Building on its successes in 2019, legendary visual effects studio Digital Domain has named Kevin Lau executive creative director of advertising, games and new media. In this new position, Lau will oversee all short-form projects and act as a creative partner for agencies and brands who want to realize any idea on screen.
Lau brings over 18 years of ad-based visual effects and commercial production experience, honed on campaigns for major brands like Target, Visa and Sprint.
Most recently, he was the executive creative director and founding partner at Timber, an LA-based studio focused on ads (GMC, Winter Olympics) and music videos (Kendrick Lamar’s “Humble”). Prior to that, he held creative director positions at Mirada, Brand New School and Superfad.
Throughout his career, his work has been honored with multiple awards including Clios, AICP Awards, MTV VMAs and a Cannes Gold Lion for Sprint’s “Now Network” campaign (Goodby).
“Kevin has a terrific lineage as a storyteller and for shepherding projects that weave stunning design and VFX into the fabric of a short-form narratives,” said John Fragomeni, President of Digital Domain. “He joins EP’s Nicole Fina and John Canning, as they continue to build our growing short-form business. Kevin adds a special dimension to our strong creative team and will have access to our global network of studios and hundreds of world-class artists, helping us to produce the pedigree of work that makes products and experiences stand out.”
Lau will help unify the vision for the Advertising & Games and New Media & Experiential groups, promoting a consistent voice across campaigns. His appointment follows a two-year growth streak that has seen Digital Domain partnering with brands like Google, Mountain Dew, BMW, Apple and Nike, along with agencies and directors like Spike Jonze, 72andSunny, HEAT, Partizan, Reset and RSA.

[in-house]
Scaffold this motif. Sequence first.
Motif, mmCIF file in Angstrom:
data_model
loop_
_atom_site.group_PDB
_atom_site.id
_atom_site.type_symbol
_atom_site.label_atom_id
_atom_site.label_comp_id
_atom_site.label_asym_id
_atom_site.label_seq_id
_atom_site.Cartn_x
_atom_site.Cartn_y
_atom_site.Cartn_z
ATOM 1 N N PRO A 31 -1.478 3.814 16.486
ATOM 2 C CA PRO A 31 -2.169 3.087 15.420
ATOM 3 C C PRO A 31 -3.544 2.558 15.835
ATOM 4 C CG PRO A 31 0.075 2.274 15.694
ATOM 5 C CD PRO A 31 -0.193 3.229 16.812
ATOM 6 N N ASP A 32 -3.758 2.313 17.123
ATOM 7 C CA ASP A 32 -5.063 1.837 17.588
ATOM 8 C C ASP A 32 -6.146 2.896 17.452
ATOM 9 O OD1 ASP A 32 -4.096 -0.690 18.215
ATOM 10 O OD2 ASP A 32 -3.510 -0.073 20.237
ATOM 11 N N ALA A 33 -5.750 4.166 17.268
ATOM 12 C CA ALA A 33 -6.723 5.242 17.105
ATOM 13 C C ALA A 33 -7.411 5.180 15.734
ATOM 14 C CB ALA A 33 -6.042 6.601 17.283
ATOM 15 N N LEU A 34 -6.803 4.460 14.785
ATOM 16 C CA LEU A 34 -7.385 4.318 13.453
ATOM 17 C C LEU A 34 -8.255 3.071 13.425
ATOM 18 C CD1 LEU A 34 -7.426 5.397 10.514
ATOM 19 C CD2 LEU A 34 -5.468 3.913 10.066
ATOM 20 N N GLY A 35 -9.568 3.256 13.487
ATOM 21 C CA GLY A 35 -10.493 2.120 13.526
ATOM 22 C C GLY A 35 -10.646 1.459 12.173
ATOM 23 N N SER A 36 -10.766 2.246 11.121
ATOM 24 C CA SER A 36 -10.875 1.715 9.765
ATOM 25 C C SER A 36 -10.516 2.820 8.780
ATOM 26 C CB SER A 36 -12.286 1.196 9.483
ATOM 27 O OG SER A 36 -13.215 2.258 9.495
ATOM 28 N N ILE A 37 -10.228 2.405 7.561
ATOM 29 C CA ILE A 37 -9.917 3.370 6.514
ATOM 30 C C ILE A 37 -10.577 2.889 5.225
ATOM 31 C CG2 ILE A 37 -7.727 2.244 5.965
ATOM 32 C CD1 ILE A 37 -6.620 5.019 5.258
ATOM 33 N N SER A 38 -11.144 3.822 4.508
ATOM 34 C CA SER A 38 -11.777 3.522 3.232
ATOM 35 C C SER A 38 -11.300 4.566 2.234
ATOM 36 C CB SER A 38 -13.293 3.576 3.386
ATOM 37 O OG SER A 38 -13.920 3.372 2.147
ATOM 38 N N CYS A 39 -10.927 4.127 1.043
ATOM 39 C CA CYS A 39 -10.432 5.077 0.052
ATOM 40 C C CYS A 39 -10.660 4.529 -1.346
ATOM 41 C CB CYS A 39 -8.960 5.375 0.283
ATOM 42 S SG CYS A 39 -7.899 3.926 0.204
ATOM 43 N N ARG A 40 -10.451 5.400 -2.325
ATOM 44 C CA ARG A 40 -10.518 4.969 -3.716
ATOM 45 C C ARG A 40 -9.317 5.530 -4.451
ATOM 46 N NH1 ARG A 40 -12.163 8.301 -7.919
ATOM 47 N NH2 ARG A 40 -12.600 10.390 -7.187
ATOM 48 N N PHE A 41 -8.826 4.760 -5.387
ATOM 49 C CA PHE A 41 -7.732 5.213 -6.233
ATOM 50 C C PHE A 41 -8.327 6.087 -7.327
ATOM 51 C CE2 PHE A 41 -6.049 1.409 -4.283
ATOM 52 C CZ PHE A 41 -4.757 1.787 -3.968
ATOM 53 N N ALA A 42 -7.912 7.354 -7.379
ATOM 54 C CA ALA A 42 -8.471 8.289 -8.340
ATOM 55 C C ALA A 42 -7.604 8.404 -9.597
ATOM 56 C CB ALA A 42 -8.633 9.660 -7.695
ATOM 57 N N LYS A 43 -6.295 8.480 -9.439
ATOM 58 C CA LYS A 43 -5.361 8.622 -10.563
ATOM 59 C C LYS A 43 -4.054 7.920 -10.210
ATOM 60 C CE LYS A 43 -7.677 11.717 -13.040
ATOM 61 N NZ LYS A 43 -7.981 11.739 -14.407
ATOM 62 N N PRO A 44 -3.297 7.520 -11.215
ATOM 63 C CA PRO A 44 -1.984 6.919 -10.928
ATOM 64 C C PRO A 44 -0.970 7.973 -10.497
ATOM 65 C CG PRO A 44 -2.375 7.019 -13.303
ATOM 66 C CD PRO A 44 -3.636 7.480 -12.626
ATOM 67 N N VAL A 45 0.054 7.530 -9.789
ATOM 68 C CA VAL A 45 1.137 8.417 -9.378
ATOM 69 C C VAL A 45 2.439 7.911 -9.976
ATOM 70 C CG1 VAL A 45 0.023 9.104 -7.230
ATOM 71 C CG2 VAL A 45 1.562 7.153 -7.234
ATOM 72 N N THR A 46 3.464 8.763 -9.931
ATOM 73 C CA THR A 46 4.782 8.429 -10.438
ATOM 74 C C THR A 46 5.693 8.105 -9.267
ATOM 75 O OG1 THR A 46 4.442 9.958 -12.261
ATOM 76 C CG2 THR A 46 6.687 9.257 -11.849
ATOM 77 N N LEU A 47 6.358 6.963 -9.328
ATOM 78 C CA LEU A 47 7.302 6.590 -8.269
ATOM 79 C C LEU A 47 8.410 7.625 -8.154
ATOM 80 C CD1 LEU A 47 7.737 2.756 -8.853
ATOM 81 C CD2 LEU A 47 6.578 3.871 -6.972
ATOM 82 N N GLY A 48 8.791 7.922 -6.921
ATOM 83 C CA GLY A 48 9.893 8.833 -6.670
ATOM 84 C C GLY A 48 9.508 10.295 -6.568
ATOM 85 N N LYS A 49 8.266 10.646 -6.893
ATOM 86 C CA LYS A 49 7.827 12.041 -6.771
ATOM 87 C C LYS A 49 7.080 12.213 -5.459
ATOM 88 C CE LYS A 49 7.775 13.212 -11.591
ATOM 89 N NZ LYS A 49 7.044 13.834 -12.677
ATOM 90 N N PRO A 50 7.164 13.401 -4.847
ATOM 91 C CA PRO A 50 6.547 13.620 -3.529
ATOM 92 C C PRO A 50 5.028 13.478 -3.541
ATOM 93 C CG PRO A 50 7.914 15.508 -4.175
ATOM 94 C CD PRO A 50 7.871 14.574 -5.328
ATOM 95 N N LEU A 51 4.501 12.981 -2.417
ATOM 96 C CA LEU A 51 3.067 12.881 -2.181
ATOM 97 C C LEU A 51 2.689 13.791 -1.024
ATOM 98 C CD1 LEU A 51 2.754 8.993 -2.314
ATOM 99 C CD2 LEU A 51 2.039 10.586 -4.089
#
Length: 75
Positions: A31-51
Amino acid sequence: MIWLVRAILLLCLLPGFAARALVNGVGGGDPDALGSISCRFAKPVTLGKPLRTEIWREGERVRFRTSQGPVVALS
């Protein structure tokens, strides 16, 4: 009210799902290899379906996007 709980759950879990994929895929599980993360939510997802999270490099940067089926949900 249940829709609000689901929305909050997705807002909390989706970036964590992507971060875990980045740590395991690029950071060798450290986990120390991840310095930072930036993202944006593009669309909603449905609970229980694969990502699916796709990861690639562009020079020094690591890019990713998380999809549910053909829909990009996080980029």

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Lau joined the team as the New Media group prepared to unveil its biggest project yet, TIME’s The March, at the DeSable Museum in Chicago. a groundbreaking virtual reality recreation of the 1963 March on Washington for Jobs and Freedom.
Digital Domain’s experience with digital humans will play a major role in the future of both groups, as they continue to build on the photoreal cinematics and in-game characters previously created for Activision, Electronic Arts and Ubisoft.
“As short-form content continues to evolve, having a partner that can adapt with the changing landscape is going to be essential for brands and advertisers,” said Lau. “DD has always distinguished themselves as an innovative creative partner and industry leader in VFX. Beyond that, the studio’s New Media group has been doing some groundbreaking work in immersive and experiential projects and I wanted to be a part of that.”
SOURCE: Digital Domain